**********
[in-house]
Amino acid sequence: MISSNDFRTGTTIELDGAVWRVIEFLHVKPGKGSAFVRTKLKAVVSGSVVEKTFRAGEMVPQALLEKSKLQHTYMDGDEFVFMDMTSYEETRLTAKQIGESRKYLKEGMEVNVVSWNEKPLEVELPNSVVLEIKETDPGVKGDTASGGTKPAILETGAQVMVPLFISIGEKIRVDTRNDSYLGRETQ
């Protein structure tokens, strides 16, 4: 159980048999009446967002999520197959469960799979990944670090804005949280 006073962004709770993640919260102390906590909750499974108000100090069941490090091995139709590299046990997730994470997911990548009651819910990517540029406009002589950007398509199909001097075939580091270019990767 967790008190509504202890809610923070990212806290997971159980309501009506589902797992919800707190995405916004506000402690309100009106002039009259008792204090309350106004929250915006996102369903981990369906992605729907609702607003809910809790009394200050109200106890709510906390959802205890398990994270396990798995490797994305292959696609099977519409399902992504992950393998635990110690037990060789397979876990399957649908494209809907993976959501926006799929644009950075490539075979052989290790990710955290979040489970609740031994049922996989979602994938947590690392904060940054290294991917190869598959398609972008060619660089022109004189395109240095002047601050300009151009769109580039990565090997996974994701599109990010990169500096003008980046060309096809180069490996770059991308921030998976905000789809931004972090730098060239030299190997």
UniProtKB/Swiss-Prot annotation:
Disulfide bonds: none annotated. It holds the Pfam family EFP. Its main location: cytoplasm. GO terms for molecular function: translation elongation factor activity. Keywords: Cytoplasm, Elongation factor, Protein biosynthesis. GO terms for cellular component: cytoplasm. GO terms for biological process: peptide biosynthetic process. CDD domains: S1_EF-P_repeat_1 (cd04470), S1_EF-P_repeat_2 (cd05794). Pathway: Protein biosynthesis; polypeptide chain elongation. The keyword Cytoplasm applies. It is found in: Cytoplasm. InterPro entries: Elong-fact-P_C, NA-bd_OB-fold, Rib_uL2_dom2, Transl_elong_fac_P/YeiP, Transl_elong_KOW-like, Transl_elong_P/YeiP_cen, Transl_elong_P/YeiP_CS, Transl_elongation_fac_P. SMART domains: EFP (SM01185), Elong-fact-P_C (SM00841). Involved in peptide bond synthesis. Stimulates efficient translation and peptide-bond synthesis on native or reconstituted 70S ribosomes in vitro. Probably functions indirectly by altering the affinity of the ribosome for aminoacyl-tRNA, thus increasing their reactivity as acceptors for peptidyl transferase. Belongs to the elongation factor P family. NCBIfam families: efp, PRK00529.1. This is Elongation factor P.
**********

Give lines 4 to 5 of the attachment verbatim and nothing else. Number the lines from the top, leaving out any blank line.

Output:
UniProtKB/Swiss-Prot annotation:
Disulfide bonds: none annotated. It holds the Pfam family EFP. Its main location: cytoplasm. GO terms for molecular function: translation elongation factor activity. Keywords: Cytoplasm, Elongation factor, Protein biosynthesis. GO terms for cellular component: cytoplasm. GO terms for biological process: peptide biosynthetic process. CDD domains: S1_EF-P_repeat_1 (cd04470), S1_EF-P_repeat_2 (cd05794). Pathway: Protein biosynthesis; polypeptide chain elongation. The keyword Cytoplasm applies. It is found in: Cytoplasm. InterPro entries: Elong-fact-P_C, NA-bd_OB-fold, Rib_uL2_dom2, Transl_elong_fac_P/YeiP, Transl_elong_KOW-like, Transl_elong_P/YeiP_cen, Transl_elong_P/YeiP_CS, Transl_elongation_fac_P. SMART domains: EFP (SM01185), Elong-fact-P_C (SM00841). Involved in peptide bond synthesis. Stimulates efficient translation and peptide-bond synthesis on native or reconstituted 70S ribosomes in vitro. Probably functions indirectly by altering the affinity of the ribosome for aminoacyl-tRNA, thus increasing their reactivity as acceptors for peptidyl transferase. Belongs to the elongation factor P family. NCBIfam families: efp, PRK00529.1. This is Elongation factor P.